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- Jan 30 2019 03:09xuwei-k labeled #2036
- Jan 29 2019 19:11tigrus commented #2036
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- Jan 29 2019 13:32NeQuissimus commented #2036
- Jan 29 2019 12:10
xuwei-k on 7.2.x

fix compile error with latest S… (compare)

- Jan 29 2019 06:30tigrus commented #2036
- Jan 29 2019 02:07NeQuissimus commented #2036
- Jan 28 2019 20:41tigrus commented #2036
- Jan 28 2019 19:12plokhotnyuk commented #2037
- Jan 28 2019 17:09hrhino review_requested #2037
- Jan 28 2019 15:32puffnfresh commented #2037

@wi101 that'd probably be the most expedient way. Sorry for the inconvenience

Thanks

or is there a standard about this?

! 1 + 1

`error: illegal cyclic reference involving type a`

`Int = 2`

IList is simpler than std lib List and truly immutable (List is mutable under the hood). And it doesn't suffer from the a huge traits hierarchy. Unpopular opinion in this room but I think invarience has no benefit and even worse type inference. Anothe disadvantage is the lack of interop.

I was wondering if it would be unlawful but this implementation seems fair enough

```
implicit val intMaxInstance = Monoid.instance[Int @@ Tags.Max]({
case (a : (Int @@ Tags.Max),b : (Int @@ Tags.Max)) =>
val m : Int = Math.max(a.asInstanceOf[Int], b.asInstanceOf[Int])
Tags.Max(m)
}, Tags.Max(Int.MinValue))
```

My colleague was trying to write a function `def something(f: A => F[B]): F[A => B]`

We established that function cannot exist, because it proposes that any applicative is a monad:

```
trait Nope[F[_]] {
def applicative: Applicative[F]
def nope[A, B](f: A => F[B]): F[A => B]
def flatMap[A, B](f: A => F[B])(x: F[A]): F[B] =
applicative.ap(nope(f))(x)
}
```

But before we established it cannot exist, I searched for it, and found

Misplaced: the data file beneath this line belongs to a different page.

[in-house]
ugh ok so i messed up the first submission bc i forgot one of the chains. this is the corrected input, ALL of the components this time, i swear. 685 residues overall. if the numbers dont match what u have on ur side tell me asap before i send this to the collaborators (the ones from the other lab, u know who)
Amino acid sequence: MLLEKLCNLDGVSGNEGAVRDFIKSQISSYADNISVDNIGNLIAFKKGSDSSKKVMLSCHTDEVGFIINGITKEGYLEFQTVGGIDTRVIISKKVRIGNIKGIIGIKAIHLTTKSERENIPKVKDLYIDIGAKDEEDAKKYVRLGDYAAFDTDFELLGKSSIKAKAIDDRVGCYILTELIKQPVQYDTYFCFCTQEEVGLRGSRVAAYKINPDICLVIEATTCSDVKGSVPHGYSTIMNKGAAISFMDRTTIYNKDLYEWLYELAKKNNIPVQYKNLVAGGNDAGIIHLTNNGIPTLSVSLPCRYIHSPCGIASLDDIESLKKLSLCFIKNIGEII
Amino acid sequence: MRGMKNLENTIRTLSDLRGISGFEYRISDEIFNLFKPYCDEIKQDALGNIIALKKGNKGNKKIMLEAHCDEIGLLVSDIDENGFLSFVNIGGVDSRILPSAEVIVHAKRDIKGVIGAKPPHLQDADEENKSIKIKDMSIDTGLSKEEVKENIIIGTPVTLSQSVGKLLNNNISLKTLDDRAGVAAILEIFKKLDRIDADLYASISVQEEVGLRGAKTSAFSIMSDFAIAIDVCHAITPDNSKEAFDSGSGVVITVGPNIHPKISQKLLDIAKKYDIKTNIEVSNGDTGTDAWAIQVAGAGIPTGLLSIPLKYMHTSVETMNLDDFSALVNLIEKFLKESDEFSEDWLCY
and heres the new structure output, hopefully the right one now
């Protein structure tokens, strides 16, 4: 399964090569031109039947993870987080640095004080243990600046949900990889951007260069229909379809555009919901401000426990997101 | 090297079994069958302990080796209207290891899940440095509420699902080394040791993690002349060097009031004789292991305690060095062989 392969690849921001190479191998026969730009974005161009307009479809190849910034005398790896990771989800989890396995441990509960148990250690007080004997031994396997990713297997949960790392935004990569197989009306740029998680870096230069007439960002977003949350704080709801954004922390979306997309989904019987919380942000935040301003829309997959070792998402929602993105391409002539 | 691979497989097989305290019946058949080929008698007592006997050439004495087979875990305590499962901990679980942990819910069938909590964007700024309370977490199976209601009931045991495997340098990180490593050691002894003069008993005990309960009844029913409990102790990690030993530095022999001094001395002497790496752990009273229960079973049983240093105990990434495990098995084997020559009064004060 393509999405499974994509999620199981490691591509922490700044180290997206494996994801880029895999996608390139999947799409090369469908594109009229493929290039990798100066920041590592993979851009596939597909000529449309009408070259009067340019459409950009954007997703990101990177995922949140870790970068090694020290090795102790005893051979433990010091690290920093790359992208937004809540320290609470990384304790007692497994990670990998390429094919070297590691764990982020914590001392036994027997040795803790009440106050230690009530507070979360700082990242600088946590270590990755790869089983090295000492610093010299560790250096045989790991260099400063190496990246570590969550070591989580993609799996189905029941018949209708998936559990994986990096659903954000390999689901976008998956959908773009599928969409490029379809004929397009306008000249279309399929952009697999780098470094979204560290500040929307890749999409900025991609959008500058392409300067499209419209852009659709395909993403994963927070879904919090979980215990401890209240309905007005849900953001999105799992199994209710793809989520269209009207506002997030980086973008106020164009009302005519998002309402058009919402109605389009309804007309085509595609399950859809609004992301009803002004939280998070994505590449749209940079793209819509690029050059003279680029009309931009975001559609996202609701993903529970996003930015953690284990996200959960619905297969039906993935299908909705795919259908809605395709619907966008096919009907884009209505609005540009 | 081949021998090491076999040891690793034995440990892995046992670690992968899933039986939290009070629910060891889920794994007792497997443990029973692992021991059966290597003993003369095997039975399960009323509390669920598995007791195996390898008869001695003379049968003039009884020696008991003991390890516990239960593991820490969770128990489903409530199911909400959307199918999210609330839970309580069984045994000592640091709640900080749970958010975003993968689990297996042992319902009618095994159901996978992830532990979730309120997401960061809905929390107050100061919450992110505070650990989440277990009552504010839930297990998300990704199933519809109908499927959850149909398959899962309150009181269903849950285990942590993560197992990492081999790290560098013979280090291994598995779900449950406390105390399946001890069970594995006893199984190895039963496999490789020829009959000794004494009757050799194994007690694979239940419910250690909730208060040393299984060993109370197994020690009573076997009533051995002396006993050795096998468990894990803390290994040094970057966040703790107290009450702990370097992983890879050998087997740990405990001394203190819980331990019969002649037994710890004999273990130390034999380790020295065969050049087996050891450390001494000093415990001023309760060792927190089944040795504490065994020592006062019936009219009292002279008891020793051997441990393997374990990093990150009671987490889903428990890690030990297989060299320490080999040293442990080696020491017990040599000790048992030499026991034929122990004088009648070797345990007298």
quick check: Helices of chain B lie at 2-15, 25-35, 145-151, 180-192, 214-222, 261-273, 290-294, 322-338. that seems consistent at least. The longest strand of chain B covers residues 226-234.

`assemble :: forall b f . (Finite a, Applicative f) => (a -> f b) -> f (a -> b)`

Could somebody please walk me through what that type is, and what it says?

(Assuming as usual little is off topic in this channel and that WTF questions are okay)

That function just evaluates

`a -> f b`

for all possible `a`

s, getting an `f [(a,b)]`

, and then turns the `[(a, b)]`

into a function `a -> b`

by viewing the list of pairs as a relation.
So it's very limited: you can't do it unless you know all possible

`a`

s, and the resulting applicative effect is just the combination of all possible effects resulting from `a -> f b`

.
So this depends on that list always being such a relation, which isn't a trivial fact but is also not hard to show.

Practically speaking, you do so with

`a: A => pairs.find(_._1 == a)`

@hrhino right, I got thrown off somehow. thanks for the patient explanation.

(I guess I was thinking about injectivity and confused it with function-ness. Flipped the arrows somehow)

`Finite a`

implies an equality notion, and surely `allValues :: [a]`

is going to give me back all distinct values.(I guess I was thinking about injectivity and confused it with function-ness. Flipped the arrows somehow)

@zhongdj this channel, not so much. What do you mean by "active"?